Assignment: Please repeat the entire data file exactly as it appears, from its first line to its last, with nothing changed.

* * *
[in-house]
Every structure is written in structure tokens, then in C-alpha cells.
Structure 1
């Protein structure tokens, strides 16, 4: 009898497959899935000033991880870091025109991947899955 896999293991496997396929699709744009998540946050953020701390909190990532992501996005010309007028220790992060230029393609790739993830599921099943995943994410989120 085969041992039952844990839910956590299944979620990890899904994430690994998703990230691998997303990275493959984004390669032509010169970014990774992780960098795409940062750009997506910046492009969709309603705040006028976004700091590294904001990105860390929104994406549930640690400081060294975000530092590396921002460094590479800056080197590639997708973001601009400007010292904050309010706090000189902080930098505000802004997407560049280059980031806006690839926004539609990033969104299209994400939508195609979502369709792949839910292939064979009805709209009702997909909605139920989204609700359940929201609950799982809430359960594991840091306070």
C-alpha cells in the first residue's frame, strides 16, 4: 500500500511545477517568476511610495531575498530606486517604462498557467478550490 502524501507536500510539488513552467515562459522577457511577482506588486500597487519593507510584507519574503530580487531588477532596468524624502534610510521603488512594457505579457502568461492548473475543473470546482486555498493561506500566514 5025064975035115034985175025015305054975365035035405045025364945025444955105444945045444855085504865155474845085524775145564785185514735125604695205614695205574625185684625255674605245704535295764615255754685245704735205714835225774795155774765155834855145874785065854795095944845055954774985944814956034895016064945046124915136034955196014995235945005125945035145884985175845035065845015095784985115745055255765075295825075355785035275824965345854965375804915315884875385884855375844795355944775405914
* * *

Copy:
[in-house]
Every structure is written in structure tokens, then in C-alpha cells.
Structure 1
């Protein structure tokens, strides 16, 4: 009898497959899935000033991880870091025109991947899955 896999293991496997396929699709744009998540946050953020701390909190990532992501996005010309007028220790992060230029393609790739993830599921099943995943994410989120 085969041992039952844990839910956590299944979620990890899904994430690994998703990230691998997303990275493959984004390669032509010169970014990774992780960098795409940062750009997506910046492009969709309603705040006028976004700091590294904001990105860390929104994406549930640690400081060294975000530092590396921002460094590479800056080197590639997708973001601009400007010292904050309010706090000189902080930098505000802004997407560049280059980031806006690839926004539609990033969104299209994400939508195609979502369709792949839910292939064979009805709209009702997909909605139920989204609700359940929201609950799982809430359960594991840091306070």
C-alpha cells in the first residue's frame, strides 16, 4: 500500500511545477517568476511610495531575498530606486517604462498557467478550490 502524501507536500510539488513552467515562459522577457511577482506588486500597487519593507510584507519574503530580487531588477532596468524624502534610510521603488512594457505579457502568461492548473475543473470546482486555498493561506500566514 5025064975035115034985175025015305054975365035035405045025364945025444955105444945045444855085504865155474845085524775145564785185514735125604695205614695205574625185684625255674605245704535295764615255754685245704735205714835225774795155774765155834855145874785065854795095944845055954774985944814956034895016064945046124915136034955196014995235945005125945035145884985175845035065845015095784985115745055255765075295825075355785035275824965345854965375804915315884875385884855375844795355944775405914